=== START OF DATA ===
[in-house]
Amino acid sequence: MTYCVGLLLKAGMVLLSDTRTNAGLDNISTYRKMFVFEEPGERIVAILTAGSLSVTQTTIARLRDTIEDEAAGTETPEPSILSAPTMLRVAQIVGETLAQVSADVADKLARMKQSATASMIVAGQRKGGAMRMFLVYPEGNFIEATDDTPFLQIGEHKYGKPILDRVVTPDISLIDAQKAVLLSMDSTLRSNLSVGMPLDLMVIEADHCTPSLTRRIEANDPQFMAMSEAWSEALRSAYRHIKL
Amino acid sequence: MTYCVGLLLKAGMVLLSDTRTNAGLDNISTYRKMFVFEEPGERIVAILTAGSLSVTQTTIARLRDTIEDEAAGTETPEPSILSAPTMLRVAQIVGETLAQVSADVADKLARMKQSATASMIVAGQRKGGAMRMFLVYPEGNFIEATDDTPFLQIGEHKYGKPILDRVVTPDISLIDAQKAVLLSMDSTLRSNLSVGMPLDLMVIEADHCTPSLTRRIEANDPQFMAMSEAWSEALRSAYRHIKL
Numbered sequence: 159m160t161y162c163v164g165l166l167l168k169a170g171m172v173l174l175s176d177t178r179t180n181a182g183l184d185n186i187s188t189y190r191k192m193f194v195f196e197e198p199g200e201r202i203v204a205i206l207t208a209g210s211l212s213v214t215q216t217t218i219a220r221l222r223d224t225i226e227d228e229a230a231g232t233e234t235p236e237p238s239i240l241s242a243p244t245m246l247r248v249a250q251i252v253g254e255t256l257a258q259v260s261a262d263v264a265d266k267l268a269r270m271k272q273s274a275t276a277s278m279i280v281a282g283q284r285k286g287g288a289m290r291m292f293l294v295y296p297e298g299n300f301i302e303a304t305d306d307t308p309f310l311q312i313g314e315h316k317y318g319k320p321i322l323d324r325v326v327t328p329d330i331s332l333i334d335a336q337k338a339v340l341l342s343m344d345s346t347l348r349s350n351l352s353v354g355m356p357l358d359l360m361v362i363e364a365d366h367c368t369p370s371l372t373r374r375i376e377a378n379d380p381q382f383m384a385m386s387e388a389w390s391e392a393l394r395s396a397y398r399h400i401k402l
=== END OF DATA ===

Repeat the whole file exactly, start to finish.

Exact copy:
[in-house]
Amino acid sequence: MTYCVGLLLKAGMVLLSDTRTNAGLDNISTYRKMFVFEEPGERIVAILTAGSLSVTQTTIARLRDTIEDEAAGTETPEPSILSAPTMLRVAQIVGETLAQVSADVADKLARMKQSATASMIVAGQRKGGAMRMFLVYPEGNFIEATDDTPFLQIGEHKYGKPILDRVVTPDISLIDAQKAVLLSMDSTLRSNLSVGMPLDLMVIEADHCTPSLTRRIEANDPQFMAMSEAWSEALRSAYRHIKL
Amino acid sequence: MTYCVGLLLKAGMVLLSDTRTNAGLDNISTYRKMFVFEEPGERIVAILTAGSLSVTQTTIARLRDTIEDEAAGTETPEPSILSAPTMLRVAQIVGETLAQVSADVADKLARMKQSATASMIVAGQRKGGAMRMFLVYPEGNFIEATDDTPFLQIGEHKYGKPILDRVVTPDISLIDAQKAVLLSMDSTLRSNLSVGMPLDLMVIEADHCTPSLTRRIEANDPQFMAMSEAWSEALRSAYRHIKL
Numbered sequence: 159m160t161y162c163v164g165l166l167l168k169a170g171m172v173l174l175s176d177t178r179t180n181a182g183l184d185n186i187s188t189y190r191k192m193f194v195f196e197e198p199g200e201r202i203v204a205i206l207t208a209g210s211l212s213v214t215q216t217t218i219a220r221l222r223d224t225i226e227d228e229a230a231g232t233e234t235p236e237p238s239i240l241s242a243p244t245m246l247r248v249a250q251i252v253g254e255t256l257a258q259v260s261a262d263v264a265d266k267l268a269r270m271k272q273s274a275t276a277s278m279i280v281a282g283q284r285k286g287g288a289m290r291m292f293l294v295y296p297e298g299n300f301i302e303a304t305d306d307t308p309f310l311q312i313g314e315h316k317y318g319k320p321i322l323d324r325v326v327t328p329d330i331s332l333i334d335a336q337k338a339v340l341l342s343m344d345s346t347l348r349s350n351l352s353v354g355m356p357l358d359l360m361v362i363e364a365d366h367c368t369p370s371l372t373r374r375i376e377a378n379d380p381q382f383m384a385m386s387e388a389w390s391e392a393l394r395s396a397y398r399h400i401k402l